08 November 2007

Thoughts on the G-Phone

Google's much anticipated wireless strategy was finally publicly revealed this week, after much speculation and anticipation. Google's approach was inspired by Tim Wu's "Wireless Carterfone" proposal (which I have blogged about earlier). Unlike Apple's iPhone, Google is proposing an open software platform (Android) that is open and will run on a variety of hardware. The platform, which is based on the Linux kernel, will be developed and maintained by the Open Handset Alliance. According to OHA:
Android does not differentiate between the phone's core applications and third-party applications. They can all be built to have equal access to a phone's capabilities providing users with a broad spectrum of applications and services. With devices built on the Android Platform, users will be able to fully tailor the phone to their interests. They can swap out the phone's homescreen, the style of the dialer, or any of the applications. They can even instruct their phones to use their favorite photo viewing application to handle the viewing of all photos.
It is interesting to note that the carriers Sprint and T-mobile were quick to endorse this initiative. They are, after all, the smallest of the "big four" in the US. Is this an attempt to ride on Google's coat-tails (following the boost that AT&T's earnings had after their exclusive deal with the iPhone)?

The responses of industry analysts have been mixed:

  • Om Malik wrote "This is one massive PR move, with nothing to show for it right now, and it seems like there are other unknown reasons (Facebook ad platform launch perhaps) for the motivation here. No phones till second half of 2008 — in our ADD culture that is a lifetime."
  • Kent German wonders if T-Mobile and Sprint will hue to the spirit of openness once the phone ships.
  • Scott Anthony concluded that this is not a disruptive innovation. He writes that "[c]arriers have already placed big bets in the anticipation of earning service revenues from advertising and other future applications, which appears to be Google's plan as well."

  • According to this item, ""I have yet to be convinced that Google's mobile strategy will create a big dent in the industry," said RBC Capital Markets analyst Jordan Rohan, who added that Yahoo appears right to focus on distribution deals of its services instead."

It seems that Android is a platform that will compete in substantial ways with Microsoft Windows Mobile, Symbian, PalmOS, and the Blackberry operating platforms. So why would developers and phone manufacturers be interested? According to this article:

  • "Unlike with other mobile-platform providers, developers working with Android pay no licensing or other fees. They also will be able to sell their applications through a Google-created online marketplace without sharing revenues with the search giant. Google will make money on the ads served through the phone's browser, according to Google."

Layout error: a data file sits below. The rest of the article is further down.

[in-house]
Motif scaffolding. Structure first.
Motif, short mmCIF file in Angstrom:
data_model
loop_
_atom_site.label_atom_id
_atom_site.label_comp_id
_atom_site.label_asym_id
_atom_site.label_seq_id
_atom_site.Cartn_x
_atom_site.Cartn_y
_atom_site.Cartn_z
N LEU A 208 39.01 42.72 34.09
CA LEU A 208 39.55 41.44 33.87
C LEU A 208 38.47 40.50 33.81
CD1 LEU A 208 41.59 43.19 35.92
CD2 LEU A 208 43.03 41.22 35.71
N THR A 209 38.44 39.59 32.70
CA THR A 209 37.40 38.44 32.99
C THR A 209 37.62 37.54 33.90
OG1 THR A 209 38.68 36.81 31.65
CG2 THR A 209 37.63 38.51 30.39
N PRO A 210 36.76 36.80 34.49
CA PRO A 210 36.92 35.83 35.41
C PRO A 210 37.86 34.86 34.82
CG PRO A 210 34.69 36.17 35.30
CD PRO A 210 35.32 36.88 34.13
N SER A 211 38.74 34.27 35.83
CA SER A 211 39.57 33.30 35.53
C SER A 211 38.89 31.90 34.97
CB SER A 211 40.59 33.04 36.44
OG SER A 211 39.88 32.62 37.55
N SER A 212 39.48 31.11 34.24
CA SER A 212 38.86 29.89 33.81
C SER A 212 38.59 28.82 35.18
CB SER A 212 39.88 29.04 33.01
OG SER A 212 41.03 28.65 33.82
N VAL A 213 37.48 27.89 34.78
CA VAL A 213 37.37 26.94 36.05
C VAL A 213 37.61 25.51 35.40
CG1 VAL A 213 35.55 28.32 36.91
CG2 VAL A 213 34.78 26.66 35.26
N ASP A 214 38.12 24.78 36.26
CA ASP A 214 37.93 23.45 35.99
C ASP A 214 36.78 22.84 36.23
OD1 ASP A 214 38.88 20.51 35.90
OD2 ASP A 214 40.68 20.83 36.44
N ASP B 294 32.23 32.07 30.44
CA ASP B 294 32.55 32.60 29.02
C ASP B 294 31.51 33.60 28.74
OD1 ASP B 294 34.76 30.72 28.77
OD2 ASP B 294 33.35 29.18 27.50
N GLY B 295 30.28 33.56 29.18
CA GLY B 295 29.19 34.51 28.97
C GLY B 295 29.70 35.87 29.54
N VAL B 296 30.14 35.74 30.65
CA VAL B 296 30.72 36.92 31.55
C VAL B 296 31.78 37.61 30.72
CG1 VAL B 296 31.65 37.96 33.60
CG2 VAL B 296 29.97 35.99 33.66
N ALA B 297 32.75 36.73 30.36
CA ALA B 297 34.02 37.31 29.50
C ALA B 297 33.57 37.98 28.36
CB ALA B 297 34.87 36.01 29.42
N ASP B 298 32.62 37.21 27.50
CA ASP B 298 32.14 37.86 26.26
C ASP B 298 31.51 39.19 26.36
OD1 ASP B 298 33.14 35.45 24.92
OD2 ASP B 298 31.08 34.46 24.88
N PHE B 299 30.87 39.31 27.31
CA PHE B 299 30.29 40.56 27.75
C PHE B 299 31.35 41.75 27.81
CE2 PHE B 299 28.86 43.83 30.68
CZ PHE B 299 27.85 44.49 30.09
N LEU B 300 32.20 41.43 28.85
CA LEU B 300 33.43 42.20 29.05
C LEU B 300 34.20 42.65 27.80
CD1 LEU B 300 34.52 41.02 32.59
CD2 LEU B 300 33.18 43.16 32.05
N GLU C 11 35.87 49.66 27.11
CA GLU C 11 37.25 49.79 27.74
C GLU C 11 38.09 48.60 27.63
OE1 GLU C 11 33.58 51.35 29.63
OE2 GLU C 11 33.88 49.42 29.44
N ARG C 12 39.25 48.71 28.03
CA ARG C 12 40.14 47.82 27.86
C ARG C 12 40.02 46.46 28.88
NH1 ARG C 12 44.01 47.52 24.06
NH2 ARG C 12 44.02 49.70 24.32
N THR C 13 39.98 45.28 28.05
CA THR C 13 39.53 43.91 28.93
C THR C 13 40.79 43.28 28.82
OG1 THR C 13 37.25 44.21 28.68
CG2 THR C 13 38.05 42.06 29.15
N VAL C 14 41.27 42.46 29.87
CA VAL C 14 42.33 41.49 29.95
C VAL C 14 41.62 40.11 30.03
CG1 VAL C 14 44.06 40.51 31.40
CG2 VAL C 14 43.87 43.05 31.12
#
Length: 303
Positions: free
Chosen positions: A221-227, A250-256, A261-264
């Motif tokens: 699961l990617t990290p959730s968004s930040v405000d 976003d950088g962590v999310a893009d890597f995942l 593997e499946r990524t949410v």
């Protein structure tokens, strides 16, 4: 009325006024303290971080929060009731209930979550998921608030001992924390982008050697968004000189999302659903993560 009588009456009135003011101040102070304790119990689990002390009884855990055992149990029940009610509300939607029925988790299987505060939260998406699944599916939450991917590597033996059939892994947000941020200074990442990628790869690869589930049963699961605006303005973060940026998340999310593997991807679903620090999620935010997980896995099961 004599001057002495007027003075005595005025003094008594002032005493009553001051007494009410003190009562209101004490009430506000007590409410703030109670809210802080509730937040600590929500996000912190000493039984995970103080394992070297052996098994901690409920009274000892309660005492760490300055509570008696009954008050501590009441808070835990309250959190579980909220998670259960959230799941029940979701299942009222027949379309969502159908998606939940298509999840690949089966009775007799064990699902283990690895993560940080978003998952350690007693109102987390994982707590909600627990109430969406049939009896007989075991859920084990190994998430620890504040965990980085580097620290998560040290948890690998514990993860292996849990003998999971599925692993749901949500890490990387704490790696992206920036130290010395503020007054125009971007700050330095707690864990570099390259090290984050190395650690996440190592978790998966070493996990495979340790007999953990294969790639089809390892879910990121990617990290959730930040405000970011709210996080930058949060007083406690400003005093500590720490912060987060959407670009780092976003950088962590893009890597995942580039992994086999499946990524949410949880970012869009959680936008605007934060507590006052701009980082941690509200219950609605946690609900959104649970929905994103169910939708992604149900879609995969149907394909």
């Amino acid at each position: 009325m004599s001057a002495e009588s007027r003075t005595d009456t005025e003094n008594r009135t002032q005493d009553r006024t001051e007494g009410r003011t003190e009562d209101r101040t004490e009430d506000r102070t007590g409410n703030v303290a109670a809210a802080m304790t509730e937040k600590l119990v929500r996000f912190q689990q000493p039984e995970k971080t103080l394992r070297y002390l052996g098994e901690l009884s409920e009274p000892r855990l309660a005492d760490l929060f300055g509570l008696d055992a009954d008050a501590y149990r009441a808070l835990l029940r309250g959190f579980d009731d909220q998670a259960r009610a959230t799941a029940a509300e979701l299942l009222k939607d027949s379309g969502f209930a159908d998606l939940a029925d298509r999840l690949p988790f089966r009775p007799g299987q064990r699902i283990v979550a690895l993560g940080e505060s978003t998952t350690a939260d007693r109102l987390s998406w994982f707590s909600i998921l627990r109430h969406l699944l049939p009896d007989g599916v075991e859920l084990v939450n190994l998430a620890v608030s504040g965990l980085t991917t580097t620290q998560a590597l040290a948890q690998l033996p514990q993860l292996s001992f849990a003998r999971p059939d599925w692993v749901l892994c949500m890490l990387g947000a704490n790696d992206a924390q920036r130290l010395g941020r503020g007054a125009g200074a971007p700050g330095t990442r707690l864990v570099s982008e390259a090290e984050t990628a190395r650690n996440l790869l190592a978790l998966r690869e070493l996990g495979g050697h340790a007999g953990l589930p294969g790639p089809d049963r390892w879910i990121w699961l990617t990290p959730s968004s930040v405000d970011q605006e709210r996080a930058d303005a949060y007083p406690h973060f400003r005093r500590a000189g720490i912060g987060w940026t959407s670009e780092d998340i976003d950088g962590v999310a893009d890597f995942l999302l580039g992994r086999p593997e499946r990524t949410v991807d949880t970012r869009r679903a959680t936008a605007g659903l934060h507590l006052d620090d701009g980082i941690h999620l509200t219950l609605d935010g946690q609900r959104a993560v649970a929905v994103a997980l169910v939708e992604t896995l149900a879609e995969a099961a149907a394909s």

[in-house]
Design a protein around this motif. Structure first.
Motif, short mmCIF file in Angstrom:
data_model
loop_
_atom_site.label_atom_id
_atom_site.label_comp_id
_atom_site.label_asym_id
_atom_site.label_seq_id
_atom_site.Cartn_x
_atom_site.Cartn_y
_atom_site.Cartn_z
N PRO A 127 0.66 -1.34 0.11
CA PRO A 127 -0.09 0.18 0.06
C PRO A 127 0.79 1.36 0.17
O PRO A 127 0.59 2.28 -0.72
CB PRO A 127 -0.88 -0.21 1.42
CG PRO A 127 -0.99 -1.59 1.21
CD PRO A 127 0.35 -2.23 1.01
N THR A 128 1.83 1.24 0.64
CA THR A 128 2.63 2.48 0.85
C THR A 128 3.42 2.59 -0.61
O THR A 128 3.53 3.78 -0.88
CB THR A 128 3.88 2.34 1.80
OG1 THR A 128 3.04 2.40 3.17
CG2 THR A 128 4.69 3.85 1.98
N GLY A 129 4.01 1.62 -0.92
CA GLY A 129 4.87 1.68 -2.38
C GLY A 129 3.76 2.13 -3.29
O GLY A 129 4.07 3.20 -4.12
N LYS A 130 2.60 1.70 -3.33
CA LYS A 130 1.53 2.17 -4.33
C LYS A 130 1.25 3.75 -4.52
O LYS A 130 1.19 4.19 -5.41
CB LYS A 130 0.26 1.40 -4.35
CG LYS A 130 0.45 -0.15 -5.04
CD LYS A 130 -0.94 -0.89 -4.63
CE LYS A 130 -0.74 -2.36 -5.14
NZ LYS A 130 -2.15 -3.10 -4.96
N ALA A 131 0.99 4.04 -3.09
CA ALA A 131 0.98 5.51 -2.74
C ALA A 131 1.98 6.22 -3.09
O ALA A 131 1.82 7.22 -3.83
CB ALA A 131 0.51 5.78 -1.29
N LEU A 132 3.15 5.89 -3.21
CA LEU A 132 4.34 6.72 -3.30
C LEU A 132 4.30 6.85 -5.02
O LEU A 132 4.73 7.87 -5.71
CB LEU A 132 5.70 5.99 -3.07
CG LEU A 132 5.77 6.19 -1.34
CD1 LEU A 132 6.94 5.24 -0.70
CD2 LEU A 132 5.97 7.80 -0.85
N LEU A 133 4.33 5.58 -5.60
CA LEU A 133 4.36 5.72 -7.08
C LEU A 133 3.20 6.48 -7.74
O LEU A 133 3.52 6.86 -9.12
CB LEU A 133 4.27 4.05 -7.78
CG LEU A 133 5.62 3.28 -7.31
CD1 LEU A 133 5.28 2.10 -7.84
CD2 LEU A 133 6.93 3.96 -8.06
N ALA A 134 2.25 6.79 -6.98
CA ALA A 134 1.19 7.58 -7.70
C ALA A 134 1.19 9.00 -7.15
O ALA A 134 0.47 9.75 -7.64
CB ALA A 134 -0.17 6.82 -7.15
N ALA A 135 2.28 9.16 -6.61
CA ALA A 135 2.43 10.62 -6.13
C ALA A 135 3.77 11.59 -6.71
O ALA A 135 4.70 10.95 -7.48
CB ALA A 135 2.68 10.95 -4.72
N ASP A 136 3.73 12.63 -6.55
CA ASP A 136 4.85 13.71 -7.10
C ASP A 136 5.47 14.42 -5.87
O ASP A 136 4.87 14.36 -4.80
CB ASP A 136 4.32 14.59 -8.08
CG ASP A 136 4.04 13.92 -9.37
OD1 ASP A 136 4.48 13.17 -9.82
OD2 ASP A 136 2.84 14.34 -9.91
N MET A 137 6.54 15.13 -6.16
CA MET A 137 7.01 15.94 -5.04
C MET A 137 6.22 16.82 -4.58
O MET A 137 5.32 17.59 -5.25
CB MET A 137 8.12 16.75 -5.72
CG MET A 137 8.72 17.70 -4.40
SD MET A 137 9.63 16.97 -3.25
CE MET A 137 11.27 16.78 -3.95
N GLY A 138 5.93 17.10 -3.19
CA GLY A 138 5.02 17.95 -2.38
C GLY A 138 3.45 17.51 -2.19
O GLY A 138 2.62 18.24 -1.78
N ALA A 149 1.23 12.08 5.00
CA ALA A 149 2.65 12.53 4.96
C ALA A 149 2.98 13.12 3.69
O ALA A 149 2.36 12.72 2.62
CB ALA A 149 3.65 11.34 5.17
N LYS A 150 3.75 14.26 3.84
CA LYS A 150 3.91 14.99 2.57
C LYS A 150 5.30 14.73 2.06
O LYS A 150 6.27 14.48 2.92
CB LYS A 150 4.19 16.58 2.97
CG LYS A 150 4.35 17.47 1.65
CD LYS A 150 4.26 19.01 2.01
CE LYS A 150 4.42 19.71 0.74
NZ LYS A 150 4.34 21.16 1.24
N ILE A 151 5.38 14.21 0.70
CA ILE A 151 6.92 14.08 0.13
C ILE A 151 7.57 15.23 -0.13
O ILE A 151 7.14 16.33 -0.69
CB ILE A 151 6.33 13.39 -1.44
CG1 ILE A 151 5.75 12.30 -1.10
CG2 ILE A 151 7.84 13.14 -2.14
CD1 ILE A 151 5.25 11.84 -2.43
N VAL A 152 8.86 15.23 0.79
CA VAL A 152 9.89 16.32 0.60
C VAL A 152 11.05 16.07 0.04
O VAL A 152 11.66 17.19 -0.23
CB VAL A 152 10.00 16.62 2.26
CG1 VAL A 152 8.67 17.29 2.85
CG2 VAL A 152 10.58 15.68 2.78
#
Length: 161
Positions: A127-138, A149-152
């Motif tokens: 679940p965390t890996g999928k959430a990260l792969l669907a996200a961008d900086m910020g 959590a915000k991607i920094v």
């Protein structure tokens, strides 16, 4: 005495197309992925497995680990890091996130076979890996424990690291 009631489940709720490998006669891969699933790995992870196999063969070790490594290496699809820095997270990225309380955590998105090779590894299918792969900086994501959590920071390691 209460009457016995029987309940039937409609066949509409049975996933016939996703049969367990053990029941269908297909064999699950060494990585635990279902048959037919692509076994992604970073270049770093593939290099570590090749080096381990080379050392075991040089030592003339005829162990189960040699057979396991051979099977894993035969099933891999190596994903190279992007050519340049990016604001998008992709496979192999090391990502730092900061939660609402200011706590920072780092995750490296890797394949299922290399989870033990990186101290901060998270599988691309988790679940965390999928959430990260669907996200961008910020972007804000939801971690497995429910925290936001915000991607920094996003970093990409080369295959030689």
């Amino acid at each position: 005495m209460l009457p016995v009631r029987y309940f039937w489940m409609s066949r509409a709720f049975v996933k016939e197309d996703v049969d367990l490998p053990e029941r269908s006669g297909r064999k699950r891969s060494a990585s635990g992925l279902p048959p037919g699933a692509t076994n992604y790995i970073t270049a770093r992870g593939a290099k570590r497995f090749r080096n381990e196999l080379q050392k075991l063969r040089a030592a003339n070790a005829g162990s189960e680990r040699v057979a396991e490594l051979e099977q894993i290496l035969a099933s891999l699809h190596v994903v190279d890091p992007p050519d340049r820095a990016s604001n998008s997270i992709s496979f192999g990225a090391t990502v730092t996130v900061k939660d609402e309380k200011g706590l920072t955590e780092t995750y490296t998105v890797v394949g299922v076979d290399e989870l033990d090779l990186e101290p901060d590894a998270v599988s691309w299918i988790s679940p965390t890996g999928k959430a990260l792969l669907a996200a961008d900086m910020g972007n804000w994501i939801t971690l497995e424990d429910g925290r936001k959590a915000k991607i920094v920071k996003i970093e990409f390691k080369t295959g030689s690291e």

• "By not having to pay licensing fees to Symbian or Microsoft, cell-phone companies will save about 10% of their costs, according to Google."
What about carriers?
  • How will it help carriers be more profitable in a business that is rapidly commoditizing?
  • Large carriers like Vodafone have already made it clear that they want to reduce the number of operating platforms that they support so that they can roll out applications and services more quickly. Does Android help them? Will this affect the other platforms?


Update (2007-11-13): This item contains some videos that show prototypes of a phone running Android.

1 comment:

sira said...

In my opinion, Andriod will not make the other platforms out of the market. As seen in many technology markets, for example, in PC OS market, though there is Linux, people still use Windows and Mac for some reasons. I think each platform will need to show their uniqueness in order to attract people to buy and pay loyalty to the brand. Moreover, there is always inconvenience when users try to communicate from a platform of a company to the others.
So, I am not so confident with google's strategy that it will succeed as much as their other applications. There are many other factors that will affect the preference of the customers.
Personally, I do not think that this Adroid itself will give much profitable impact to the carriers because customers will still use the other platforms. On the other hand, if there would be any great conflict between each platform, it would give a headache to the carriers instead.
In the Vodafone case, like I mentioned, I do not think that Vodafone can do what they expect otherwise they just cut down the options for their customers.